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BAE Systems Overtime and Breaks California Labor Law Class Action

Which employees of a company are “exempt”—that is, which do not need to be paid overtime under employment laws? This case alleges that forensic analysts working for BAE Systems, Inc. or BAE Systems Technology Solutions & Services, Inc. are not exempt, because of the kinds of duties they perform.

The class for this action is all persons who are or were employed by BAE and BAE TSS as forensic analysts or a similar position in California between December 11, 2016 and the resolution of this lawsuit. There is also a Paystub Subclass that is all class members employed by BAE and BAE TSS between December 11, 2017 and the resolution of this lawsuit.

The plaintiff in this case, Aimee Cordova, has worked for BAE as a forensic analyst in California since March 2011. She was classified as exempt from the overtime requirements of IWC Wage Orders and the California Labor Code. However, the complaint alleges that she was not in fact exempt because she “did not manage any employees, did not exercise discretion or independent judgement as defined by California law, and regularly performed non-exempt work in excess of 50% of the time.”

In fact, the complaint alleges, she spent “well over 75% of [her] time performing non-exempt and non-discretionary routine tasks, including reviewing requests from law enforcement agencies, running searches and reports in [the companies’] systems, and performing routine fingerprint analysis based on predetermined and rigid standards.”

The complaint claims that she “consistently” worked more than eight or twelve hours a day, forty hours in a week, and on a seventh day in a week but was not paid at overtime rates of pay (time-and-a-half or double time).

According to the complaint, she and similar employees were also not given proper meal breaks—that is, uninterrupted meal periods of thirty minutes before their fifth hour of work and, if their day extended past ten hours, a second uninterrupted thirty-minute meal period. In such circumstances, workers are to be given an extra hour’s pay for the missed meal periods, but these workers did not receive that.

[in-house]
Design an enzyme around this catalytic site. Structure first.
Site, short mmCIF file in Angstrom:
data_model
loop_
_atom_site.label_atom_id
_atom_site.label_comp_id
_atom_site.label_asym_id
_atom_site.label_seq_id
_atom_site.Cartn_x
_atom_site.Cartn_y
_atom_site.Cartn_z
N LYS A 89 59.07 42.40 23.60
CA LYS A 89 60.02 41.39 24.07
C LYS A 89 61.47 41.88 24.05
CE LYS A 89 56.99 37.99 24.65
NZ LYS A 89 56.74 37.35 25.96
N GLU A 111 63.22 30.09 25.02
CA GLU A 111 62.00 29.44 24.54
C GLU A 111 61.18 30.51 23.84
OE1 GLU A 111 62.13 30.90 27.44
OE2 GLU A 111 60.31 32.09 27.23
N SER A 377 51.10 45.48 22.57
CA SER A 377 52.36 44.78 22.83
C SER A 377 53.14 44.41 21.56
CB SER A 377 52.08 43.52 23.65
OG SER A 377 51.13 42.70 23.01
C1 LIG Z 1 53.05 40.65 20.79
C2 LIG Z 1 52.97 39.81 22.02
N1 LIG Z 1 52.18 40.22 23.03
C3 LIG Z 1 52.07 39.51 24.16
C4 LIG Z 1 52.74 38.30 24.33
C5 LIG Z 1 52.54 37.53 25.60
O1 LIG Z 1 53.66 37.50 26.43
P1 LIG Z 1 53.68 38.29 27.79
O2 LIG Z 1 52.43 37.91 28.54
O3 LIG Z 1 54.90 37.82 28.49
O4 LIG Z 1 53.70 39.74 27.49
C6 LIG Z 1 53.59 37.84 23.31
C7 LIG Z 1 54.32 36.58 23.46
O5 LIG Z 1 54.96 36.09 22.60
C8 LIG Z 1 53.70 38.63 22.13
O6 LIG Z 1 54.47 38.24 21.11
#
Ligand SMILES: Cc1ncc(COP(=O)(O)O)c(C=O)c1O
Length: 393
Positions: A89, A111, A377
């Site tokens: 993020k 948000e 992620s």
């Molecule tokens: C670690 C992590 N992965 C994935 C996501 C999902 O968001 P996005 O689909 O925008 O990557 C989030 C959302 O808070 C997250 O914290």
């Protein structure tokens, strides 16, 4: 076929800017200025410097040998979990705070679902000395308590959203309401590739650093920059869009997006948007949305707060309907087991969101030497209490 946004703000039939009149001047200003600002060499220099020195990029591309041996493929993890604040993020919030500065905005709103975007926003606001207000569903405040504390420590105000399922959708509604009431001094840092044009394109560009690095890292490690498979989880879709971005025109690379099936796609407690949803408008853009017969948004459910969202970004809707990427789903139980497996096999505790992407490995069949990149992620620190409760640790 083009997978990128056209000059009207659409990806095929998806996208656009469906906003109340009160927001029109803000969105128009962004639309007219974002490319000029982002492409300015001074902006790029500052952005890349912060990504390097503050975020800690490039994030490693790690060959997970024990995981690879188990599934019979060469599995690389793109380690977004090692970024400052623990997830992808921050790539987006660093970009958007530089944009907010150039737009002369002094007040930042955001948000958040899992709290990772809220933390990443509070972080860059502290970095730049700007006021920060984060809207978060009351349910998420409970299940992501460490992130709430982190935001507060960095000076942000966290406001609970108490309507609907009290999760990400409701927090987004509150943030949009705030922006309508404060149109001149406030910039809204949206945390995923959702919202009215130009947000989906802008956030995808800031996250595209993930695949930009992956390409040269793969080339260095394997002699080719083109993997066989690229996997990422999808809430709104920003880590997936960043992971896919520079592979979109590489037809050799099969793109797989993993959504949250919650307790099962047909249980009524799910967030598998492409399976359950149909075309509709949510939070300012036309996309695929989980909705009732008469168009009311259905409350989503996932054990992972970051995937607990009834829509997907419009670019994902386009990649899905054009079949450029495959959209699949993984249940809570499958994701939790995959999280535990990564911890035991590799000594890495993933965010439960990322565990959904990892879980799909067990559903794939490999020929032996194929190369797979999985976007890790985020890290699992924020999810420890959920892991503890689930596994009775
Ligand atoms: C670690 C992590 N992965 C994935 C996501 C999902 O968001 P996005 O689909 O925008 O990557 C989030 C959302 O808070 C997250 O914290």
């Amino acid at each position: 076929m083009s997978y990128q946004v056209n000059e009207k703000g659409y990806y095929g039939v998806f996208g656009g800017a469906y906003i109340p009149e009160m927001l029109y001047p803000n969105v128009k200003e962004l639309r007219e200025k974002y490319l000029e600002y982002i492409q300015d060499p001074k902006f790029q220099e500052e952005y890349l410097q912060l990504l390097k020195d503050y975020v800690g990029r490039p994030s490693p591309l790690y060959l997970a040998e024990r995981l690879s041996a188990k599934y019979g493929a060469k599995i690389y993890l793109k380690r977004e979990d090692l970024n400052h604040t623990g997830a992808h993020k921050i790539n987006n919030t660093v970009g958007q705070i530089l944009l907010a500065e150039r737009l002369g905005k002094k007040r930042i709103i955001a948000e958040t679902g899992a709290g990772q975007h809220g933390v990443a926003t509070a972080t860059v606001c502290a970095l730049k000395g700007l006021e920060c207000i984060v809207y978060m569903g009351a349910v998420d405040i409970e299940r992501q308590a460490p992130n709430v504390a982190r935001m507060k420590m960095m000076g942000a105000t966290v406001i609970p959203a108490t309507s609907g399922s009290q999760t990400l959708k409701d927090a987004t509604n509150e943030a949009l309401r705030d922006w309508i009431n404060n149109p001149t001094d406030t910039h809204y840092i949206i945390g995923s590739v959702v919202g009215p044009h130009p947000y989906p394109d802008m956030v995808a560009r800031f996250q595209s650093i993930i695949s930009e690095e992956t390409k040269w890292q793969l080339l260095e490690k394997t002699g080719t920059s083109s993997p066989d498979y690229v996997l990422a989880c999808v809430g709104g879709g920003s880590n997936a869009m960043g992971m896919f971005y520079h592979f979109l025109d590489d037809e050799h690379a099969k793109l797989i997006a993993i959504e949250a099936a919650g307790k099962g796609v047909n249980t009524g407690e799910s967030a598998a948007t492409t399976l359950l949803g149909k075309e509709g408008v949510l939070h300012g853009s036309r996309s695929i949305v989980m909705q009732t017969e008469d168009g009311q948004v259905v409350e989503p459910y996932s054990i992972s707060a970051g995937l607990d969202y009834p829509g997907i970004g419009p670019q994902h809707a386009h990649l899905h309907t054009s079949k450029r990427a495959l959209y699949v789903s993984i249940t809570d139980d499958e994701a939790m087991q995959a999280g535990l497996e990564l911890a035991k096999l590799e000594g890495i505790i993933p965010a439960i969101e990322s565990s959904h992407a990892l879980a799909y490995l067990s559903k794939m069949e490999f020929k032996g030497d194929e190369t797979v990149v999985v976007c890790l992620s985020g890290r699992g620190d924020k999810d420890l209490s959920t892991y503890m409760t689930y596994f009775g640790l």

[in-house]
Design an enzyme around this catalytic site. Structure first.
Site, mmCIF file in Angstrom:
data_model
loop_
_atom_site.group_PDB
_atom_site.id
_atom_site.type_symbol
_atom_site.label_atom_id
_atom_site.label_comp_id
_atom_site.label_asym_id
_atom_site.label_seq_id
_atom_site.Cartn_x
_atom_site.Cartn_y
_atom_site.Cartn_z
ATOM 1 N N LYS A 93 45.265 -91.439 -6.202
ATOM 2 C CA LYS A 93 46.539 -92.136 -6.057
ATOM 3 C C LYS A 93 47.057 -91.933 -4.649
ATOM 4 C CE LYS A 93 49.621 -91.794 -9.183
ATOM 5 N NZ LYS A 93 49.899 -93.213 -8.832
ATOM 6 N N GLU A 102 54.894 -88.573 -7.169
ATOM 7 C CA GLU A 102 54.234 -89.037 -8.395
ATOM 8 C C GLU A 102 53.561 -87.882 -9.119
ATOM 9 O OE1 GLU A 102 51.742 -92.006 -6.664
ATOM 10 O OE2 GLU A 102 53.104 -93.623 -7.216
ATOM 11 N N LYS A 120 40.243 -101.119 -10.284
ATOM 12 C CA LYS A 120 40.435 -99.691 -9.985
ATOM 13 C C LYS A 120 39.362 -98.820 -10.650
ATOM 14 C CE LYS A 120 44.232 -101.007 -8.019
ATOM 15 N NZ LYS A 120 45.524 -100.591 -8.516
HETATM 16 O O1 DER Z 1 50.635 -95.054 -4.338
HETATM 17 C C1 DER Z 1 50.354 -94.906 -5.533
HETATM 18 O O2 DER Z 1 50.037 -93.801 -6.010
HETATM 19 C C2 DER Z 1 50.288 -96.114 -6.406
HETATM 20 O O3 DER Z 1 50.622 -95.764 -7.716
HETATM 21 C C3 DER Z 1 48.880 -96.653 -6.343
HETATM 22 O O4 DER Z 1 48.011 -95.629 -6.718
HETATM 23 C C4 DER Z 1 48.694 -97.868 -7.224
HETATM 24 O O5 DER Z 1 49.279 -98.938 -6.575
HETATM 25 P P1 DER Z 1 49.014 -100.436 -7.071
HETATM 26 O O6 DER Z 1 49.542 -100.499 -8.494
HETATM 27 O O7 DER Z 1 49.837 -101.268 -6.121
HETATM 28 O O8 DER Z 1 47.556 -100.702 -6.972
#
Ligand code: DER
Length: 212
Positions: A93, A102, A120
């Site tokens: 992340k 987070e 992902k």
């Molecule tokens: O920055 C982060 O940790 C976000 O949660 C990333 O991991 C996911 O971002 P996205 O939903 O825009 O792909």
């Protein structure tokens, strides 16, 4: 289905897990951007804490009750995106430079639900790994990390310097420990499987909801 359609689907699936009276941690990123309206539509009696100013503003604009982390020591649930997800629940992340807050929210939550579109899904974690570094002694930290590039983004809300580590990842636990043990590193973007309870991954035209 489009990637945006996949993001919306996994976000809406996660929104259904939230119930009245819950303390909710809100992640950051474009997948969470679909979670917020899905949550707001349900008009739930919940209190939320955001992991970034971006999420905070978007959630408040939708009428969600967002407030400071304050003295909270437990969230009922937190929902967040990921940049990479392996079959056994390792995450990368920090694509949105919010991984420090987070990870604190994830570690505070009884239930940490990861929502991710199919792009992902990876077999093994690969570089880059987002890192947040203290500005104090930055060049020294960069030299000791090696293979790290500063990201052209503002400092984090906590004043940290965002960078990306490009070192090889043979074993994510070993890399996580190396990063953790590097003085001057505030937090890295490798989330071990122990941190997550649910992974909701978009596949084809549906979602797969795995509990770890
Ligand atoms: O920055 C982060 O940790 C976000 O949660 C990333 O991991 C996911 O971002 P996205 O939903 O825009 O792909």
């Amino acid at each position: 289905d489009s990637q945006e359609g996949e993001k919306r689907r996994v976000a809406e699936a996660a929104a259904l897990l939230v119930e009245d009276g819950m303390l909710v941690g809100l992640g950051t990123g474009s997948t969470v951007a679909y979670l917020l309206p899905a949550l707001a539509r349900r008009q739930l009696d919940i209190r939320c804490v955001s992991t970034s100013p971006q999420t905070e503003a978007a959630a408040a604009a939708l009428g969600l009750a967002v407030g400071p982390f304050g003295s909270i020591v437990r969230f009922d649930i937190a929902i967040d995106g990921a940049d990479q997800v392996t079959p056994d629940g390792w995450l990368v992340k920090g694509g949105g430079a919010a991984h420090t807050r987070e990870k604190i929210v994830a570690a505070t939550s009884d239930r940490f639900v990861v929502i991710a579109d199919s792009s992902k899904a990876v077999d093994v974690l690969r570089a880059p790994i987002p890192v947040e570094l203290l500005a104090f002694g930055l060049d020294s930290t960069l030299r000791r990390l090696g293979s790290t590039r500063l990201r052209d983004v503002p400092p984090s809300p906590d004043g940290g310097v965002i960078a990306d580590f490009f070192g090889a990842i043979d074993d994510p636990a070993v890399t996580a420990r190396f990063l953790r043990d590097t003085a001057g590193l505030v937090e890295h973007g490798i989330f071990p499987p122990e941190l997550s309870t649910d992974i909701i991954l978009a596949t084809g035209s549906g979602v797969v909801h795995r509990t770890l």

Additionally, these employees were not given rest breaks of ten minutes for every four hours worked, nor were they given the extra hour of pay they were entitled to for every day they did not get their rest breaks.

Finally, because of the resulting miscalculation of their hours and wages, the complaint alleges that their wage statements were inaccurate and not itemized in accordance with California laws.

The complaint alleges that the companies were advised by lawyers and others with knowledge of California’s labor laws and that they therefore knew or should have known that they were obligated to give employees breaks and pay them in accordance with the law.

Article Type: Lawsuit
Topic: Employment

Most Recent Case Event

BAE Systems Overtime and Breaks California Labor Law Complaint

December 11, 2020

Which employees of a company are “exempt”—that is, which do not need to be paid overtime under employment laws? This case alleges that forensic analysts working for BAE Systems, Inc. or BAE Systems Technology Solutions & Services, Inc. are not exempt, because of the kinds of duties they perform.

BAE Systems Overtime and Breaks California Labor Law Complaint

Case Event History

BAE Systems Overtime and Breaks California Labor Law Complaint

December 11, 2020

Which employees of a company are “exempt”—that is, which do not need to be paid overtime under employment laws? This case alleges that forensic analysts working for BAE Systems, Inc. or BAE Systems Technology Solutions & Services, Inc. are not exempt, because of the kinds of duties they perform.

BAE Systems Overtime and Breaks California Labor Law Complaint
Tags: Employment Violations, Failure to Allow for/Figure in Break Time, Unpaid Overtime